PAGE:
Helvellyn

Five of the top ten favourite walks in Britain are in the Lake District, with Helvellyn voted the best in a poll of 8000 walkers according to ITV’s recent programme “Britains Favourite Walks”, featuring Julia Bradbury

The route via Keppel Cove was featured, but there are many ways to climb Helvellyn, explore the surrounding area and enjoy the most fabulous views

The routes range from sharp, steep, climbs on the west side, to short airy ridges on the east and fantastic long ridges from the north-east, which we think are the most interesting and rewarding, returning for a well deserved pint in The Royal at Dockray or the Travellers Rest in Glenridding

We have selected our Top Ten routes, with some additional variations, but there are still further options, demonstrating what a fantastic place the Helvellyn range is for walking – not just Julia’s route to the top!

For those with even more energy, our first route forms the basis of much of the second section of the famous Bob Graham round, illustrating that the Helvellyn range is also a brilliant place for Fell Running, with the best long ridge run in Britain too

Castlerigg with Helvellyn Range in the background

Routes from the North East

1. High Brow – Clough Head – The Dodds – Helvellyn (9.8 miles, 3497 feet ascent)

Our first route begins with a stroll along the coach road before climbing to Clough Head via White Pike. One of the best ridge walks in Britain, five miles of undulating, well marked tracks take you to the summit via Great, Watsons and Stybarrow Dodds and then onto Raise and Whiteside.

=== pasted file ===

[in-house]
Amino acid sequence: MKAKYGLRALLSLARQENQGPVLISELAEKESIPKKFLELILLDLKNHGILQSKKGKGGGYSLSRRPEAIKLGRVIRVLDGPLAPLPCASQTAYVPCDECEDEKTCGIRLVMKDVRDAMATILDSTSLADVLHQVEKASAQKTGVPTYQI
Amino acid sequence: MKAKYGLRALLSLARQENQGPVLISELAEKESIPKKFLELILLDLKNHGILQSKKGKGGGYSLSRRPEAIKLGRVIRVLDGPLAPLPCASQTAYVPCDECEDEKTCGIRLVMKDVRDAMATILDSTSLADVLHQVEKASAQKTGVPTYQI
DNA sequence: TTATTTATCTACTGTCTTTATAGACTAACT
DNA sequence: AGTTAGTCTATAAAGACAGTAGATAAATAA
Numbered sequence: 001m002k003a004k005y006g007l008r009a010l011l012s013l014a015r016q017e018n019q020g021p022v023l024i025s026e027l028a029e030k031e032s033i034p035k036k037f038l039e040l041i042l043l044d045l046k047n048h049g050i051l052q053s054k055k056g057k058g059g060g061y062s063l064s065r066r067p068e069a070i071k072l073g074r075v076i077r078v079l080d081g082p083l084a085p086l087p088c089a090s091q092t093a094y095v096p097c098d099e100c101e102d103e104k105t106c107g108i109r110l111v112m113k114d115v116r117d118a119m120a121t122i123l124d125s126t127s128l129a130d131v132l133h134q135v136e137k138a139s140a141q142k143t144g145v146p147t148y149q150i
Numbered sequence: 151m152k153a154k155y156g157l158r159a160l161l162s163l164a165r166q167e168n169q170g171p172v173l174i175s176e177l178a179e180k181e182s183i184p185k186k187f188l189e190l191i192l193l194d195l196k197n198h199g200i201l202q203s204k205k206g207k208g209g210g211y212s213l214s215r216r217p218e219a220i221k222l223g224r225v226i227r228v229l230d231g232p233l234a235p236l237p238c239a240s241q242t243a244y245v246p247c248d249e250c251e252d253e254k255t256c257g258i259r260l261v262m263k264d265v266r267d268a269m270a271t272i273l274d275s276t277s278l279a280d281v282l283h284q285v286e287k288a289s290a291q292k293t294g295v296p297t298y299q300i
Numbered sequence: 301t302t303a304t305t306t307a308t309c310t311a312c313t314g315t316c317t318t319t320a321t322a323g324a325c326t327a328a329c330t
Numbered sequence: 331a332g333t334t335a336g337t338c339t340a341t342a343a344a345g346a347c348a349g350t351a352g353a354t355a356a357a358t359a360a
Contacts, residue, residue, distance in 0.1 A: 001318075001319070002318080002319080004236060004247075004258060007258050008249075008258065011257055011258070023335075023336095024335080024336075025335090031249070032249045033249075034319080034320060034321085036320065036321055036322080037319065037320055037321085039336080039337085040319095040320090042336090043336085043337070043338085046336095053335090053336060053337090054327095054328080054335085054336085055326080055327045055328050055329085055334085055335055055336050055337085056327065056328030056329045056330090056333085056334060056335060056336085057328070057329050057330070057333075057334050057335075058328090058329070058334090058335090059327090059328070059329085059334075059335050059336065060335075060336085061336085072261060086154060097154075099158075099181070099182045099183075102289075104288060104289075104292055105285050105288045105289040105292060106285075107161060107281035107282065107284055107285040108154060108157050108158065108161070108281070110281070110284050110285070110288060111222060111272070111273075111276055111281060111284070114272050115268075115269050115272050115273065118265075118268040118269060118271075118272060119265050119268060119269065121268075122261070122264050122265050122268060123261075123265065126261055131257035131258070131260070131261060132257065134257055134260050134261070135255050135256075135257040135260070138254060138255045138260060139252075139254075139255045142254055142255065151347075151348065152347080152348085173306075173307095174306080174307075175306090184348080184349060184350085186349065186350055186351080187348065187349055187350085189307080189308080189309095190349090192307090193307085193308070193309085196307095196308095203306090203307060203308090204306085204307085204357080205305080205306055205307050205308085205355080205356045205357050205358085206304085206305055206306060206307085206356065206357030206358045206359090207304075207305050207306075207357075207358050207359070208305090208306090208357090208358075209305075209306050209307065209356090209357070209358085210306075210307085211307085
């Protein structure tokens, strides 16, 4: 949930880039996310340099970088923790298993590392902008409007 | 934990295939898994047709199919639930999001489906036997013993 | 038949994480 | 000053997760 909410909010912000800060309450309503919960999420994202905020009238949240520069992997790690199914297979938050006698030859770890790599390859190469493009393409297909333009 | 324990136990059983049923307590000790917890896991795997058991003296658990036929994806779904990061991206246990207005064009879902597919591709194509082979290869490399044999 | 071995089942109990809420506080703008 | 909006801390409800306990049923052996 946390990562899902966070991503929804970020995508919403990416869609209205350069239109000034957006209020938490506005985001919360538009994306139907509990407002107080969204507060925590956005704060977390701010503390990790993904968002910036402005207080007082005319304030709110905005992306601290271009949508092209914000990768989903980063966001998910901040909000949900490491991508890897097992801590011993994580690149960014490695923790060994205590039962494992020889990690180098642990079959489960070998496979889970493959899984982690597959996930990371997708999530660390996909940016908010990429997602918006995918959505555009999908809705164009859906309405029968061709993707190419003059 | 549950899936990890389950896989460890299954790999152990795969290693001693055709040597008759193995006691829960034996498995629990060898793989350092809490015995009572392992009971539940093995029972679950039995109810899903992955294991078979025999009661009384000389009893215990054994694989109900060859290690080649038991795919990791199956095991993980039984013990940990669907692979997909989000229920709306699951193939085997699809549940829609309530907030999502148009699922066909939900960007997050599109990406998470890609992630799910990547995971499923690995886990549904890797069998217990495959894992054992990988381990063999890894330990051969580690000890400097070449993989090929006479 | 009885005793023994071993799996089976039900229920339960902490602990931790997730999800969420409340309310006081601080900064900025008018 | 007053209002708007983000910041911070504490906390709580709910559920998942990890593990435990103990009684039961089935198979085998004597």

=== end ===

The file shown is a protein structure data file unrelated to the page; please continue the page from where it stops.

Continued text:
This will require a full days walking including the return, perhaps via Glencoyne as a gentle return at the end of a strenuous day.

2. High Brow – Great Dodd – Sticks Pass - Raise – Helvellyn (7.1 Miles, 3014 feet ascent)

    High Brow – Hart Side – Sticks Pass – Raise – Helvellyn (6.2 miles, 2651 feet ascent)

 

Our next two routes join together at Sticks Pass, proving perhaps a more manageable day with the former still providing a great long ridge.

Hart Side is a lesser known alternative to the crowds ascending via Glenridding and Patterdale, but with most of the ascent early and gentle it is a great route to the summit.

On the way you will visit Birkett Fell, overlooking Ullswater, named after Norman, Lord Birkett, credited with saving the most beautiful lake in England from becoming a reservoir.

A gentle path takes you via White Stones to Sticks Pass or a slightly higher level option via Stybarrow Dodd    

 

 

 

3. Dockray – Round How - Sticks Pass – Raise – Helvellyn (6.1 miles, 2552 feet ascent)

    Glencoyne - Sticks Pass – Raise – Helvellyn (5.4 miles, 3133 feet ascent)

These options are perhaps a little more gradual ascent, combined with a quieter approach, at least until Sticks Pass (!) , with great views of Ullswater throughout

Ullswater_from_Gowbarrow.jpg

Routes from the East

 

4. Glenridding – Greenside – Keppel Cove – Whiteside – Helvellyn (4.5 miles, 2616 feet ascent)

 

The featured route, initially ascending with paths either side of Glenridding Beck and then onto Keppel Cove, before ascending steeply via a Zip-Zag path to the East of Red Screes and up onto Whiteside before attaining the summit

Glenridding

5. Glenridding – Birkhouse Moor  - Catstye Cam – Swirral Edge - Helvellyn (4.5 miles, 2616 feet ascent)

Helvellyn from Birkhouse Moor